As it says, one photo is of the pontoon below Isis lock on the canal; and one of the lock moorings below Osney lock.  CRT signs in the former,  and EA bollards in the latter. 

Ah yes my mistake...was looking at them in the wrong order! Still surprised they would have needed to open the paddles on Isis lock rather than rely on the weirs?

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1 hour ago, Dave123 said:

Ah yes my mistake...was looking at them in the wrong order! Still surprised they would have needed to open the paddles on Isis lock rather than rely on the weirs?

The weirs were going full pelt and still the canal was overflowing the top gate of Isis lock. 

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13 hours ago, MartynG said:

You might not have seen it but the water level has been higher than it is today.  So it must have flowed at that speed on previous occasions.

However I do agree the present speed and energy of the river is formidable.

As I understand it, speed and level are not exactly correlated

  • Greenie 1

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1 minute ago, Mike Todd said:

As I understand it, speed and level are not exactly correlated

On the non tidal river they are related.

Otherwise at a given water level what do you think makes the river flow faster or slower?

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I am not an expert:

 

Firstly, quite a bit of the discussion has been about tidal, or semi tidal, rivers. As I have found out the hard way, level and speed on tidal waters are very complex and even long serving lock keepers can get their advice wrong at times.

 

Secondly, two significant factors: what profile the channel has at any given point. For example, if a river section has a flood plain area outside the normal channel but with a flood bank further away, then I suspect the rate will drop quite dramatically once the level reaches that point. It will certainly vary across the width of the river. Also, a lot will depend on what is happening up and down stream. Is the water backing up against higher levels further down?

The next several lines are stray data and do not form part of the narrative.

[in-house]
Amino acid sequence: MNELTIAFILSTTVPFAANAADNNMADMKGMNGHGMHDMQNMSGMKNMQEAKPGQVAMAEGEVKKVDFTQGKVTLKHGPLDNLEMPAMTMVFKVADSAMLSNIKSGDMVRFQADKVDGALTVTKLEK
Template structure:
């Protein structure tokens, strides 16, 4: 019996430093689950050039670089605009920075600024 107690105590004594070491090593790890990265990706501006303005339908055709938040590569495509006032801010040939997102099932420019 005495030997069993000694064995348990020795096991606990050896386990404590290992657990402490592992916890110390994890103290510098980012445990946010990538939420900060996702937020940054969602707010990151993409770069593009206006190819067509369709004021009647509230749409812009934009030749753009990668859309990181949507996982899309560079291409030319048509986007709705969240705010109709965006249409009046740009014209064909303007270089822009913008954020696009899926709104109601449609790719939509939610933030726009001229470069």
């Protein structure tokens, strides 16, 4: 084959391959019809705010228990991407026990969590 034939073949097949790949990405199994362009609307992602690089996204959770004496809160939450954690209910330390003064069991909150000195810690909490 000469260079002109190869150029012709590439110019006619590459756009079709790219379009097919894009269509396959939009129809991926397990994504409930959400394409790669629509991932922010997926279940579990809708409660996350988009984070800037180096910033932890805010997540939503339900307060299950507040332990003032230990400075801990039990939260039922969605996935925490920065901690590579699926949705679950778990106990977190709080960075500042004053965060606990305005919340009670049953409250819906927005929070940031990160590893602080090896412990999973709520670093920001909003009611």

What I have learnt in recent times is to have a lot of respect for water management professionals who are developing quite sophisticated models that help to predict what will happen in the short term and what also is the best (often a compromise) action to alleviate damage with the tools currently available. What is clear is that many amateur views, perhaps based on rather dated techniques, lead to loudly stated criticisms that have limited real substance.

  • Greenie 1

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6 minutes ago, Mike Todd said:

 

 

...  two significant factors: what profile the channel has at any given point. For example, if a river section has a flood plain area outside the normal channel but with a flood bank further away, then I suspect the rate will drop quite dramatically once the level reaches that point. It will certainly vary across the width of the river. Also, a lot will depend on what is happening up and down stream. Is the water backing up against higher levels further down?

 

 

You are quite correct the speed of flow is affected by the shape of the channel and is in general greater in the middle than at the edges  That's because of friction between the water and the river bed and the bank sides .

 

What has been implied is the speed at the given depth it was at in the video clip was faster than it might have been on another day . Given the same water level at any particular place the same speed profile across the channel  will  always  be observed (in a non tidal section river and given no other man made influences ) .

 

I hope that's clear but its not easy to explain in a few words .

 

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These photos are of Torksey Lock today

 

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Courtesy of Suart Kinch on the Torksey group on Facebook.

 

The area is on amber alert for flooding and it has been said it was worse in 2000 and in 2007. (but it receded faster in those years)

 

It would seem that somebody decided this was a good time of year to replace the pumps at the " Trent Valley Internal drainage board at Torksey" ... obviously they were unlikely to be required in November.... sigh

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It took me a while to work out what was canal, what was river and what were fields. It will have to come down a long way before I get a chance to cruise past in a few weeks time. 

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Seen on Facebook that the Thames is over the bank in Abingdon and the Cherwell flowing into the canal at Shipton!😱

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On 18/11/2019 at 15:43, cheshire~rose said:

These photos are of Torksey Lock today

 

74278429_10216189619518282_2188182848291

 

 

 

 

 

Impressive pictures.

Is that a ship on the pontoon?

On 18/11/2019 at 18:28, MHS said:

 in a few weeks time. 

30th November ?